Inspired by an unsolved true-crime kidnapping case that riveted Japan, this first English-language translation of one of Japan's most respected crime writers follows a group of men with a grievance against Japan's largest beer conglomerate as they plot to kidnap the CEO and extract blood money from the company's corrupt financiers.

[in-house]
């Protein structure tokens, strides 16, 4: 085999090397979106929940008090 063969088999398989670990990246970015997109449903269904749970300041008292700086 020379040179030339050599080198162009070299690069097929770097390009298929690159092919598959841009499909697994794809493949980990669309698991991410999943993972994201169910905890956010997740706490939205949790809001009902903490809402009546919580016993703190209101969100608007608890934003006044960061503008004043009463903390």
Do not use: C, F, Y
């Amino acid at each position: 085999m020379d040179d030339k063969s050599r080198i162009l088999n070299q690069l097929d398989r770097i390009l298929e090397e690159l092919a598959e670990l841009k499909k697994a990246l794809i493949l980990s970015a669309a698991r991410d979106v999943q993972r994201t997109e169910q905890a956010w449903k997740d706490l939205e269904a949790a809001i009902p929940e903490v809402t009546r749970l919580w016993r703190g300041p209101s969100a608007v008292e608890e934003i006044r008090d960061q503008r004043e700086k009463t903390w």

This isn't the book for readers looking for the immediate gratification of straight-to-the-action crime fiction ... There's quite a bit about the complex ties between companies, finance, politics, and shady organizations...much of which can be rather confounding to readers not familiar with this system. The novel certainly does bog down some in especially the Okada and related happenings, but the main point...certainly comes across ... Much of the novel is also simply about process: the workings of a corporation, the police, and the press, which Takamura presents in considerable detail (indeed, at times the novel is arguably too detailed here) ... Lady Joker impresses with its scale and patience, only occasionally getting long-winded, particularly in some of the explanations regarding the corporate/criminal-connections and surrounding activity; there's also a bit of unnecessary repetition (mainly about this sort of thing, where repetition unfortunately doesn't make it much clearer). Takamura's expansive presentation is unusual, but effective; if some of the issues remain a bit confusing...the basics are clear enough. Lady Joker isn't action-packed or -focused, but Takamura's attention to foundations—carefully building up her story—makes for a novel of considerably greater depth than your usual crime novel ... there's enough here to satisfy, a large canvas that, even if without resolutions, offers a thoroughly engaging read.